Schoolgirl by Helene Schjerfbeck (1911)

The idea is that Schjerfbeck no longer needed to compete – to bow to current taste in order to sell things to the Salon or to compete for prizes or sales. Now she could experiment with her vision – and it is completely unlike anything from the 1880s and 90s.

Now the outlines of figures becomes misty and vague. The faces lose the precise features they formerly had. Detailed description disappears in favour of blocks of abstract colour. And the palette becomes deliberately more narrow, so that the compositions seem more aligned, more focused, creating a sense of luminosity.

Many of the paintings are deliberately unfinished, leaving patches of canvas showing through. And in many of them, she either scores the surface of the paint, or lets it dry then scrapes away at it, repaints a new layer, dry, and scrapes it back again – the idea being to mimic the aged and worn affect of the many frescos she had seen on her trip to Italy.

Flappers

The Great War came but didn’t greatly effect her art. Instead this rather misty style continues unabated into the between the wars period. Surprisingly, many of them reflect the fashions of the era. She subscribed to fashion magazines such as Marie Claire and was interested in the slender gender-neutral look of the ‘flapper’, and she also created fictional characters or types. Almost all her models were local working class people but she used them as the basis for novelistic ‘types’ such as The Skiier or The Motorist or, one of the most vivid images, the Circus Girl.

The Circus Girl by Helene Schjerfbeck (1916)

Note the vague unfinishedness of the whole image; the sketchiness of the outline; the sense that it has been scored or marked by charcoal lines; the tonal unity of the yellow background and yellow skin, the pastel top and golden choker. And note the unexpected surprise of the big red lips with their cartoon-style catchlight.

There are 20 or more paintings which are all variations on this theme, and in which the face is more or less stylised. In some it becomes a shield-shaped mask, verging on the abstract and obviously indebted to the experiments the great modernists had made earlier in the century, copying actual tribal masks held in museums of Ethnography.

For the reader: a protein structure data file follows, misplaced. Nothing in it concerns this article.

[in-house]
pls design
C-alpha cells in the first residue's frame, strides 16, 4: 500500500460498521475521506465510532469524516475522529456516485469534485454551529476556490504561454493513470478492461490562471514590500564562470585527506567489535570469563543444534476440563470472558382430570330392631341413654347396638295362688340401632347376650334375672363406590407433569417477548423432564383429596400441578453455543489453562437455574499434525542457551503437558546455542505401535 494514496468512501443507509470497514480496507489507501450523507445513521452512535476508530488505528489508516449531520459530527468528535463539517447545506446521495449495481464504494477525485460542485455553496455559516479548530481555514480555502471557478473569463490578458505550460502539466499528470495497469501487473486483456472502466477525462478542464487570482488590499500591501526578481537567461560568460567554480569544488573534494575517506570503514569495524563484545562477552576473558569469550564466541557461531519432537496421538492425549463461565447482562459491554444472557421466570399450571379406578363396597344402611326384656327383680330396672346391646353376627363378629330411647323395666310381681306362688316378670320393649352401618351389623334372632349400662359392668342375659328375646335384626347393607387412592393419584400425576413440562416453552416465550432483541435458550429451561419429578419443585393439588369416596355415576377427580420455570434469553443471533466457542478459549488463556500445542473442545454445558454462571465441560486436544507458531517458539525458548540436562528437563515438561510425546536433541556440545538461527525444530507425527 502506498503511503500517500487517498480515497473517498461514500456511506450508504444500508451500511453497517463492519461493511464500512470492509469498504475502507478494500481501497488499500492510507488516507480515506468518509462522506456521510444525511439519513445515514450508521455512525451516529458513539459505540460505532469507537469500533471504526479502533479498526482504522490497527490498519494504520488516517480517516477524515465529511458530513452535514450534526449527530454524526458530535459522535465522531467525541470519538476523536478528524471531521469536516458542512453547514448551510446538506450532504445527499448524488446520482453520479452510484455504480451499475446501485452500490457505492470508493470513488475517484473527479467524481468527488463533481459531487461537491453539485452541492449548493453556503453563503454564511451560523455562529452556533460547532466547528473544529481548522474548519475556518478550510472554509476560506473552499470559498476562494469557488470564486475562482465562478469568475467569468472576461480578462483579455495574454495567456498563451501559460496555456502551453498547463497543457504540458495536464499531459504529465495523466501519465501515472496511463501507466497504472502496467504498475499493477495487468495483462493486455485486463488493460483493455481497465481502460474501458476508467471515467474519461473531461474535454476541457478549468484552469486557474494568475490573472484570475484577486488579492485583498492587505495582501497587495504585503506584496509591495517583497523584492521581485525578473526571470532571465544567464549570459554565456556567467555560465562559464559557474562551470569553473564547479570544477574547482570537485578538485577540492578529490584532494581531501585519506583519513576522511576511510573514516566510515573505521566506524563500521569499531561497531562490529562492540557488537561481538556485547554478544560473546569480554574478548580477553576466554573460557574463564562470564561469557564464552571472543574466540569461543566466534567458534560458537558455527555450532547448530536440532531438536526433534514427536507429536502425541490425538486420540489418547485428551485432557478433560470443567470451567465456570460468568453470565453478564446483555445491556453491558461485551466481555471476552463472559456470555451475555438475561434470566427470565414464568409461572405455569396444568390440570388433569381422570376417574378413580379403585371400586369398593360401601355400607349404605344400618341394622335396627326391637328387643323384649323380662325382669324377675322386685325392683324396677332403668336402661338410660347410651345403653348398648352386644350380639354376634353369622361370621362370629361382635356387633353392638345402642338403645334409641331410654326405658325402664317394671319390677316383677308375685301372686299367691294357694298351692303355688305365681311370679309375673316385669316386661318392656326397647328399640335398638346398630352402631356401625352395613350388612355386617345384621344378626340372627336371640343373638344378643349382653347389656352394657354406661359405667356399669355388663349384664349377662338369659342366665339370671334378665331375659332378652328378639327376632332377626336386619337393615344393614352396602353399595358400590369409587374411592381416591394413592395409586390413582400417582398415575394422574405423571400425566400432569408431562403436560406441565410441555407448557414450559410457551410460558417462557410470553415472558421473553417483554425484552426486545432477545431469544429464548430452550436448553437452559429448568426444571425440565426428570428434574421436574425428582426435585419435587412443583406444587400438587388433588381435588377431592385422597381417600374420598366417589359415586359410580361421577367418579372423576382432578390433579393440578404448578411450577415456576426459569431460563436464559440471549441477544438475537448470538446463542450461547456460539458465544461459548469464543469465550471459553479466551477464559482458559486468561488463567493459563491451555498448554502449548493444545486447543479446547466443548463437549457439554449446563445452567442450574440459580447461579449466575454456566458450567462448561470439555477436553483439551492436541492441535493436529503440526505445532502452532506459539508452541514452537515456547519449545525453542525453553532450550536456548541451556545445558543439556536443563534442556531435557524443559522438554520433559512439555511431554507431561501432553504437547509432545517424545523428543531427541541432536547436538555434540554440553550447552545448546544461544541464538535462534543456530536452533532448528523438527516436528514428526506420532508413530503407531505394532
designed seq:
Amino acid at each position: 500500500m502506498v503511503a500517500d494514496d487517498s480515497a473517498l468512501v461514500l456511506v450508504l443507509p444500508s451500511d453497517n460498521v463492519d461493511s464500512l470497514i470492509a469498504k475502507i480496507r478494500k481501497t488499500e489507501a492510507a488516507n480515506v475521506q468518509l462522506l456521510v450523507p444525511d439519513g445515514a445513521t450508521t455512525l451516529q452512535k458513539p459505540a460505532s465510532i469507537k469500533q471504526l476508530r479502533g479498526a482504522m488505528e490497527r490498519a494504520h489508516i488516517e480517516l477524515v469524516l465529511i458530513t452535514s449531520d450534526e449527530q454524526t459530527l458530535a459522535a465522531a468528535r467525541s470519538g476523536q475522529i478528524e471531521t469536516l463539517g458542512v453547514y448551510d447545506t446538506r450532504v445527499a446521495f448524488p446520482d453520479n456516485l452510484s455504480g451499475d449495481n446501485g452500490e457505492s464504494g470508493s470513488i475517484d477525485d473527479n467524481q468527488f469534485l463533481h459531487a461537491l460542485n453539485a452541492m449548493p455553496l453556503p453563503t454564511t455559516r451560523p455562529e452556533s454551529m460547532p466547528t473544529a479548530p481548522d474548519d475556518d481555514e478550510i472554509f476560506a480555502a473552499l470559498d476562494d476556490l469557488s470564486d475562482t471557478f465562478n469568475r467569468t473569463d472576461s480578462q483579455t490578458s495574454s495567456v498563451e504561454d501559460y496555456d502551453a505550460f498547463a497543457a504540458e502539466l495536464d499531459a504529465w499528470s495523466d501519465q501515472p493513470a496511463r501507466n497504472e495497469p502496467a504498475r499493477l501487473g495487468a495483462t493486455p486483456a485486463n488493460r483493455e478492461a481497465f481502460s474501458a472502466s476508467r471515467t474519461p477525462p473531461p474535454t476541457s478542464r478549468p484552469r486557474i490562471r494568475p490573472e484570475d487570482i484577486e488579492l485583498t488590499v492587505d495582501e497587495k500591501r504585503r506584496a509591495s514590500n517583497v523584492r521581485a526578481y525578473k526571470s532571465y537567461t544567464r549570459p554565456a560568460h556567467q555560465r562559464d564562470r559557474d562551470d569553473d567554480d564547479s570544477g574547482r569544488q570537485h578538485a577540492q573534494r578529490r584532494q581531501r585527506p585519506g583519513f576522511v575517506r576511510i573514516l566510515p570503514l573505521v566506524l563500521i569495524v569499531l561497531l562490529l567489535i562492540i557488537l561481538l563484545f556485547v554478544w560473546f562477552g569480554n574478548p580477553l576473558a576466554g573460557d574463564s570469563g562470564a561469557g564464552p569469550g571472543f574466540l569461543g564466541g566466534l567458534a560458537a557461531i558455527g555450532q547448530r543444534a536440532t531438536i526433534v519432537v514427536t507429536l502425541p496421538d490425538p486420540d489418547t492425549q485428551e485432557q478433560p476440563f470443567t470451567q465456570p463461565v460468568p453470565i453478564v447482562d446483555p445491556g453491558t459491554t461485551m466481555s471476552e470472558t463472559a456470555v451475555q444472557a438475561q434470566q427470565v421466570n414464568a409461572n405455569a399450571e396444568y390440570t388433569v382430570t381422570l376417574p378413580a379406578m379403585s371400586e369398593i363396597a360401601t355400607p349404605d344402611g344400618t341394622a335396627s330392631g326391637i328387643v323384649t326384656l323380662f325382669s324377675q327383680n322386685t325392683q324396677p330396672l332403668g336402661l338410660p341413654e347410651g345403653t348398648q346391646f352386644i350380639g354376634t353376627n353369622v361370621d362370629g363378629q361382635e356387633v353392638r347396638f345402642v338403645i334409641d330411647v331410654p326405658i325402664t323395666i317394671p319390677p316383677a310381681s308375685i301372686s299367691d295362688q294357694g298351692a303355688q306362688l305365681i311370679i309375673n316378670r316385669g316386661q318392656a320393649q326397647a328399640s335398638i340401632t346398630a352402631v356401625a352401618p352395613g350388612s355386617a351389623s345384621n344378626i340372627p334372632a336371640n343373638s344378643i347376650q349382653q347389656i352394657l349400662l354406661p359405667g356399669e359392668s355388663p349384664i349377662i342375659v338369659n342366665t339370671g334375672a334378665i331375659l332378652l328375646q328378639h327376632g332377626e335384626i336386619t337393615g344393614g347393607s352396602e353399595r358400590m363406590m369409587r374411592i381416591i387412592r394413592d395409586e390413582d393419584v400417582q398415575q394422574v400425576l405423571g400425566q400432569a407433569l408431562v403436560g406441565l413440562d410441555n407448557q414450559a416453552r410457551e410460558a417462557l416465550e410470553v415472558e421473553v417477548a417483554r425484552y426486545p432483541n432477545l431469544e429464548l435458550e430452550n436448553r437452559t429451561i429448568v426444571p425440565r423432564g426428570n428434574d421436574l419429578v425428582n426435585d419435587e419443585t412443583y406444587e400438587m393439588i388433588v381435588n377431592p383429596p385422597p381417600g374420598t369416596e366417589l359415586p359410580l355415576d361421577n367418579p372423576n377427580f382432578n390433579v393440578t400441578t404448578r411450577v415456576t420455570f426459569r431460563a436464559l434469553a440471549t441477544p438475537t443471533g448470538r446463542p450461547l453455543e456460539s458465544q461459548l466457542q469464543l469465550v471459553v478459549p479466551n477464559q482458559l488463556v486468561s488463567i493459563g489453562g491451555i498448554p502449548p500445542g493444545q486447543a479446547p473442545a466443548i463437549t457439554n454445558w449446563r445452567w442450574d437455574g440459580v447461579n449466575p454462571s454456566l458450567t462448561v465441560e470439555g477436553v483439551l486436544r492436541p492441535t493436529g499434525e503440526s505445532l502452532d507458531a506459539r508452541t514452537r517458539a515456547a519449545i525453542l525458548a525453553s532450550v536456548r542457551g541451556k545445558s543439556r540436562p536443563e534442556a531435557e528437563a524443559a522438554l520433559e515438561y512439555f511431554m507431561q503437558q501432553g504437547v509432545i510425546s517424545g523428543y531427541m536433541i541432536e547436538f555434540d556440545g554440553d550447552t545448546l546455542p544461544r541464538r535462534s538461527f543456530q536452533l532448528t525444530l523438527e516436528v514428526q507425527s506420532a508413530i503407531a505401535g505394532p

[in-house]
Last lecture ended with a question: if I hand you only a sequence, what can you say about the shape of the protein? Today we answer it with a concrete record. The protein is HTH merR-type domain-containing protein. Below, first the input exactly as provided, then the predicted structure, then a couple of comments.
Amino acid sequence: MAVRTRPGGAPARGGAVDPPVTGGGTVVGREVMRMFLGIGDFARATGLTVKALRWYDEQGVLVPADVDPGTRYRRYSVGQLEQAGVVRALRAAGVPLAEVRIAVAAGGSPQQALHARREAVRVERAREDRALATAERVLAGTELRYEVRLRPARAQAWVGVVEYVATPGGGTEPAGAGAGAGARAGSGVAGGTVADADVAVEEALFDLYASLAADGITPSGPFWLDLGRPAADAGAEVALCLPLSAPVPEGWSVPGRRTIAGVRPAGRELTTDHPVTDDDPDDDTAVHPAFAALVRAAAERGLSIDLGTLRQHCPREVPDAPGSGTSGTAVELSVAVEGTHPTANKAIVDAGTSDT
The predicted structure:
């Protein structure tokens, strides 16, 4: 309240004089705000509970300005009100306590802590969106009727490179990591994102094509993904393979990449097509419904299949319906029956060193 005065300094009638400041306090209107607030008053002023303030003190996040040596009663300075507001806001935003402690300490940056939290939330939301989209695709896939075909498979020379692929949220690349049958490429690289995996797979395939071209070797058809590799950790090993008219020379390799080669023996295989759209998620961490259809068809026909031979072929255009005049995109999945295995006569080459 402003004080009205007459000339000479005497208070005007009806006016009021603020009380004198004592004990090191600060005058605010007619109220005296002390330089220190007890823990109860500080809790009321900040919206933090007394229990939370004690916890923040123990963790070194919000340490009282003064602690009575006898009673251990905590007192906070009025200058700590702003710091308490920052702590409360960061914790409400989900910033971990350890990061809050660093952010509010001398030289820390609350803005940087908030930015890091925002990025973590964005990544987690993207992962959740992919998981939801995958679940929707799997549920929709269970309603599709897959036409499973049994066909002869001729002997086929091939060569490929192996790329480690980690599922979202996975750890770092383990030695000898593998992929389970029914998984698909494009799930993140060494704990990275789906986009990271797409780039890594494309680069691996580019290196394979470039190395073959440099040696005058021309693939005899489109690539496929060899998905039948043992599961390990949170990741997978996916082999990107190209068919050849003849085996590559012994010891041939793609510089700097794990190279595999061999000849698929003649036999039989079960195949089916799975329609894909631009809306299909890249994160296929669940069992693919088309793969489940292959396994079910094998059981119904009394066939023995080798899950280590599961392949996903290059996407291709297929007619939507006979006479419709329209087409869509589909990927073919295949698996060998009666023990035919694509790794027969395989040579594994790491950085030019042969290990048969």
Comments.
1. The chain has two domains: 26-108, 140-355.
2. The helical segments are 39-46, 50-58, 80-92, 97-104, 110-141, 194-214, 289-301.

A handful of other works deliberately reference El Greco who she particularly liked, he was, I suppose, another eccentric or outside-the-mainstream artist.

I love drawing, I love clear defined outlines, but I also love it when they’re not finished, incomplete and hint at a perfection they don’t try to achieve. I love the suggestion of struggle in a work of art. Hence I love lots of sketches and drawings by Degas. And hence I loved lots of Schjerfbeck’s misty, unfinished, gestural works. Is there some Picasso’s harlequin period in this one?

Girl from Eydtkuhne II by Helene Schjerfbeck (1927) Finnish National Gallery / Ateneum Art Museum. Photo by Hannu Aaltonen

The self portraits

Schjerfbeck painted her first self-portrait at age 22 and her last at 83. The exhibition has a room devoted to them, with seventeen examples placed in simple chronological order, and they create quite a harrowing effect, as shown at the top of this review, progressing from sweet and gentle young woman, in her naturalistic phase, to the haughty modernist of between the wars and then, in the 1930s and 40s, to an awesomely bleak and unforgiving vision. During the 1930s the familiar lineaments of her face are subjected to distortions, her cheekbones melting, her mouth becoming a dark wound. The only colour is grey, shades of grey, grisaille, the only tones left when all the colours of life have drained away.

Self-portrait with Palette by Helene Schjerfbeck (1937)

But these turn out to be only the build-up for the final half dozen self portraits painted during the Second World War as Schjerfbeck, by now an old woman and ill with the cancer which would kill her, morphs into a gaunt, grey, death-haunted skull-face which foreshadows the era of the Holocaust, the atom bomb, and the harrowed writings of Samuel Becket.

Green Self-Portrait – Light and Shadows by Helene Schjerfbeck (1945)

What an extraordinary pilgrimage. And what a distinctive, individual, strange and troubling journey she takes us on. This is a remarkable exhibition.

Promotional video

Curators

Rebecca Bray, Anna-Maria von Bonsdorff, Sarah Lea


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Reviews of other Royal Academy exhibitions

Soaring flight: Peter Lanyon’s gliding paintings @ the Courtauld Gallery

I’d never heard of him before but apparently Peter Lanyon (born 1918) was one of Britain’s most important post-war artists, forging a name in the 1950s as a painter of large abstracts which are, in fact, based on the landscape of his native Cornwall. A good example is Silent Coast from 1957.